Introducing Your Kitten To Family

A new kitten is a new family member. Congratulations on your new addition! Here is the most effective way to introduce your kitten to the family without causing any sibling rivalry!

Your new cat and your family

When you bring kittens home, let them rest and get their bearings first. Once they’re ready, you can start introducing them to their new human family.

Get everyone to sit on the floor and only touch the kitten if approached. There should be no grabbing or arguing. If kittens hide, tempt them out with a toy or a treat – encourage but don’t force them to be sociable.

If you have children, they will need to learn how to handle kittens properly.

  • Teach them how to stroke the cat gently. Toddlers generally 'pat', which can hurt. Instead, a light stroke is ideal. Tails should never be pulled.
  • Teach them where to stroke kittens – the top of the head and along the back.
  • Although tummies are irresistible when a kitten is rolling and playing, most are rather sensitive about this area and may lash out.
  • Your kitten should always be left alone when feedingtoileting, or sleeping.
  • Hands should be washed after handling the kitten and the litter tray.
  • The litter tray is not a sandpit – so don’t let young children play in it!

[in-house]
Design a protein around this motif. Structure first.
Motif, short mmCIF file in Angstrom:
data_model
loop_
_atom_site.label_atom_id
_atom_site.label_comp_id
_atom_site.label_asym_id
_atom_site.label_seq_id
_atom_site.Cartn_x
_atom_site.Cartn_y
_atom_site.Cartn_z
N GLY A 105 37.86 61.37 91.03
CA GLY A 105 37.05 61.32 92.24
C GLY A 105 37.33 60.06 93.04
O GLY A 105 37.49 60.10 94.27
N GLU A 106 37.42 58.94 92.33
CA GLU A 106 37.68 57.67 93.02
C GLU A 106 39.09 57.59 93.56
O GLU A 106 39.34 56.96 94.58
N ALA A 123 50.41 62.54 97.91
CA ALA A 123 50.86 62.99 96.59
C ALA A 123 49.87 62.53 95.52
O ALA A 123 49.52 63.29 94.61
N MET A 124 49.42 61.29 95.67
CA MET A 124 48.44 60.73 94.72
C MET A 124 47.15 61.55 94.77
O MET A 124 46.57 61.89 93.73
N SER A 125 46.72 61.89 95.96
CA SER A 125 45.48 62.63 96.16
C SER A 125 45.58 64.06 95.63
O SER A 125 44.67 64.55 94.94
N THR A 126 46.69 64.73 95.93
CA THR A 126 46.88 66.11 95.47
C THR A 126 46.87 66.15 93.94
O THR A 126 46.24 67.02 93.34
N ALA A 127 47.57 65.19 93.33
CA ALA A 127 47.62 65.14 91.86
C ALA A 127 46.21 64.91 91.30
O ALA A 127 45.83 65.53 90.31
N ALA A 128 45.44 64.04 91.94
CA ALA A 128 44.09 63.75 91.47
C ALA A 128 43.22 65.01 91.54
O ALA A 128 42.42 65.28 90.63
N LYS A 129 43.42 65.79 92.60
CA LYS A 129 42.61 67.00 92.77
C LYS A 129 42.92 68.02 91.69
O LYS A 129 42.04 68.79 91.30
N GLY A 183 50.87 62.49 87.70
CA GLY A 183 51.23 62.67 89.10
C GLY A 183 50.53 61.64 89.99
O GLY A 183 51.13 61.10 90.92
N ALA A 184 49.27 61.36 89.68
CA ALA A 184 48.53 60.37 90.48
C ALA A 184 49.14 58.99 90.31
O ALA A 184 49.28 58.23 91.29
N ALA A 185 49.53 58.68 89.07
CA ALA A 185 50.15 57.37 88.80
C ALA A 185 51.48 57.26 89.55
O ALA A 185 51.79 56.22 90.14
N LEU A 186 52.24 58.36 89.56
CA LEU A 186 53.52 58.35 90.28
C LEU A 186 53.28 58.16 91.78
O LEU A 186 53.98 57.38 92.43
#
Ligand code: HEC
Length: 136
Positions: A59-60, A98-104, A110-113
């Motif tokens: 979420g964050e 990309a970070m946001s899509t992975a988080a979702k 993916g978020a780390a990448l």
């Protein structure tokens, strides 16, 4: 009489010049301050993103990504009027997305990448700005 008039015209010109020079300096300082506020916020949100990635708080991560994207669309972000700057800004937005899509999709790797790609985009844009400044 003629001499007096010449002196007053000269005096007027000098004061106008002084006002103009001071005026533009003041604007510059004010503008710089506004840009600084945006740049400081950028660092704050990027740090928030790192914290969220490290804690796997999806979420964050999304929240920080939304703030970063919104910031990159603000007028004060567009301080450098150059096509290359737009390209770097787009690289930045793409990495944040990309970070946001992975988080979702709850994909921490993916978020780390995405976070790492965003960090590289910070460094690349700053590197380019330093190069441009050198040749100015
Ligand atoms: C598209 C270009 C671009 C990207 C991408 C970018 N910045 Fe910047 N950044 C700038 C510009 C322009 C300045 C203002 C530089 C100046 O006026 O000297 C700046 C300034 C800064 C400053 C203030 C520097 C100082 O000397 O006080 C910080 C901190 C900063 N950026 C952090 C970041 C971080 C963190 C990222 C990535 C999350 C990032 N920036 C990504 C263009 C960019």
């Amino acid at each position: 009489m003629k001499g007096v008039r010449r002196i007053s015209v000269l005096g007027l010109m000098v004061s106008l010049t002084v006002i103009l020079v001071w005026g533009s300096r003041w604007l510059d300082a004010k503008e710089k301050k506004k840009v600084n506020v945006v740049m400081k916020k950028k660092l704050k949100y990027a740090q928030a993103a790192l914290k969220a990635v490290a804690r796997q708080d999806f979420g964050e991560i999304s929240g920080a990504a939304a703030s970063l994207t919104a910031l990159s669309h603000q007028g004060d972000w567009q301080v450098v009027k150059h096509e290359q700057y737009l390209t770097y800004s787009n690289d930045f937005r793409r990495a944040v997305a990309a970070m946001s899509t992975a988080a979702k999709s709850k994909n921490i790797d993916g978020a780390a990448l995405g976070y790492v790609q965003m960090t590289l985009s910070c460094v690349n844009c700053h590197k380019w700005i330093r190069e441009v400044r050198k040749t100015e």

Introducing your new cat to other cats

Most cats will eventually accept a newcomer, though it depends on the personalities involved. Let your kitten settle in for a day or two before any introductions are made.

  • While the cats are separate, bring your existing cat a blanket that your new kitten has been sleeping on, and let them sniff it, to get them familiar with this new feline scent.
  • Play it safe and use an indoor pen or carrier to protect your new arrival from any over-reaction from the surprised resident territory holder. Put the carrier on the floor of a chosen safe room.
  • Invite the older cat into the room. Both cats will be able to assess each other through the bars of the crate without coming to any harm.
  • Stroke your older cat to provide some reassurance and show there is no favouritism.
  • Don’t worry if there is a spat with hissing and arched backs – this is natural.
  • Once the introductions have started going smoothly, reverse the positions and bring the kitten to meet the older cat. Praise them both if they are civil to each other and give them each a treat.
  • Hold the next meeting in another room. Keep moving around the house so the kitten's scent spreads too.